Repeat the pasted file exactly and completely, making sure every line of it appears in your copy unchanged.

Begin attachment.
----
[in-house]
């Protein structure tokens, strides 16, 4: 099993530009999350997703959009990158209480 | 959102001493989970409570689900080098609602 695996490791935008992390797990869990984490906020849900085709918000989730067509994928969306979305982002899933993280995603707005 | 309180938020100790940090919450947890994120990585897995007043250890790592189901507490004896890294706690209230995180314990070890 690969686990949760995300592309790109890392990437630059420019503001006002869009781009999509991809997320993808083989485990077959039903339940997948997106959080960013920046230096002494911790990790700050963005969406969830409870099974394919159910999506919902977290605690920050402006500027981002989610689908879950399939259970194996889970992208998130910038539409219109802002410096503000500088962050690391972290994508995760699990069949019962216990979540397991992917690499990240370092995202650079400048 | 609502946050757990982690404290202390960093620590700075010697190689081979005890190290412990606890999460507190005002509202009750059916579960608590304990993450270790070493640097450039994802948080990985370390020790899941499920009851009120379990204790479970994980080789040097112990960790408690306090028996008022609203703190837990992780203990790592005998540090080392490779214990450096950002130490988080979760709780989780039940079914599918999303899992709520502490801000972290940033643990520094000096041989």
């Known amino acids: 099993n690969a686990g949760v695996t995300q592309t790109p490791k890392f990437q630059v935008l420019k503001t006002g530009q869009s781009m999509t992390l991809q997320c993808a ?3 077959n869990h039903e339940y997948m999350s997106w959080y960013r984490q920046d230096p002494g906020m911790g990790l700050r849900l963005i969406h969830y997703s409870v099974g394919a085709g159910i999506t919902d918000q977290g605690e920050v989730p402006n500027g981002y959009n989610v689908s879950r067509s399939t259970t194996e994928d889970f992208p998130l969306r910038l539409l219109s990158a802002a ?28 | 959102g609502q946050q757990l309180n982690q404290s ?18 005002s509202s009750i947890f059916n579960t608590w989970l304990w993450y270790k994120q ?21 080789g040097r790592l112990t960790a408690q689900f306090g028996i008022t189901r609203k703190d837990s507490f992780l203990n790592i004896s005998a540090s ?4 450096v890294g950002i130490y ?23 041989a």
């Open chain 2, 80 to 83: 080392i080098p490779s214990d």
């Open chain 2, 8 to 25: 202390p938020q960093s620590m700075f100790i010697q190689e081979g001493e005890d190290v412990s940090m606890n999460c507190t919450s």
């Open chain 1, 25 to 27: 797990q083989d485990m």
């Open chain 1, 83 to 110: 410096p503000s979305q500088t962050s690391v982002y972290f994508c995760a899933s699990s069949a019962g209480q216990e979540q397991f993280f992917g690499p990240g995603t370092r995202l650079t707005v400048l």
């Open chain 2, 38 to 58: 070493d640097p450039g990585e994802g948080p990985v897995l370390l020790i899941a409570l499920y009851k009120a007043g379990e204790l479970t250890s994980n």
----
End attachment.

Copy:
[in-house]
């Protein structure tokens, strides 16, 4: 099993530009999350997703959009990158209480 | 959102001493989970409570689900080098609602 695996490791935008992390797990869990984490906020849900085709918000989730067509994928969306979305982002899933993280995603707005 | 309180938020100790940090919450947890994120990585897995007043250890790592189901507490004896890294706690209230995180314990070890 690969686990949760995300592309790109890392990437630059420019503001006002869009781009999509991809997320993808083989485990077959039903339940997948997106959080960013920046230096002494911790990790700050963005969406969830409870099974394919159910999506919902977290605690920050402006500027981002989610689908879950399939259970194996889970992208998130910038539409219109802002410096503000500088962050690391972290994508995760699990069949019962216990979540397991992917690499990240370092995202650079400048 | 609502946050757990982690404290202390960093620590700075010697190689081979005890190290412990606890999460507190005002509202009750059916579960608590304990993450270790070493640097450039994802948080990985370390020790899941499920009851009120379990204790479970994980080789040097112990960790408690306090028996008022609203703190837990992780203990790592005998540090080392490779214990450096950002130490988080979760709780989780039940079914599918999303899992709520502490801000972290940033643990520094000096041989």
């Known amino acids: 099993n690969a686990g949760v695996t995300q592309t790109p490791k890392f990437q630059v935008l420019k503001t006002g530009q869009s781009m999509t992390l991809q997320c993808a ?3 077959n869990h039903e339940y997948m999350s997106w959080y960013r984490q920046d230096p002494g906020m911790g990790l700050r849900l963005i969406h969830y997703s409870v099974g394919a085709g159910i999506t919902d918000q977290g605690e920050v989730p402006n500027g981002y959009n989610v689908s879950r067509s399939t259970t194996e994928d889970f992208p998130l969306r910038l539409l219109s990158a802002a ?28 | 959102g609502q946050q757990l309180n982690q404290s ?18 005002s509202s009750i947890f059916n579960t608590w989970l304990w993450y270790k994120q ?21 080789g040097r790592l112990t960790a408690q689900f306090g028996i008022t189901r609203k703190d837990s507490f992780l203990n790592i004896s005998a540090s ?4 450096v890294g950002i130490y ?23 041989a």
């Open chain 2, 80 to 83: 080392i080098p490779s214990d």
């Open chain 2, 8 to 25: 202390p938020q960093s620590m700075f100790i010697q190689e081979g001493e005890d190290v412990s940090m606890n999460c507190t919450s």
């Open chain 1, 25 to 27: 797990q083989d485990m």
């Open chain 1, 83 to 110: 410096p503000s979305q500088t962050s690391v982002y972290f994508c995760a899933s699990s069949a019962g209480q216990e979540q397991f993280f992917g690499p990240g995603t370092r995202l650079t707005v400048l």
């Open chain 2, 38 to 58: 070493d640097p450039g990585e994802g948080p990985v897995l370390l020790i899941a409570l499920y009851k009120a007043g379990e204790l479970t250890s994980n």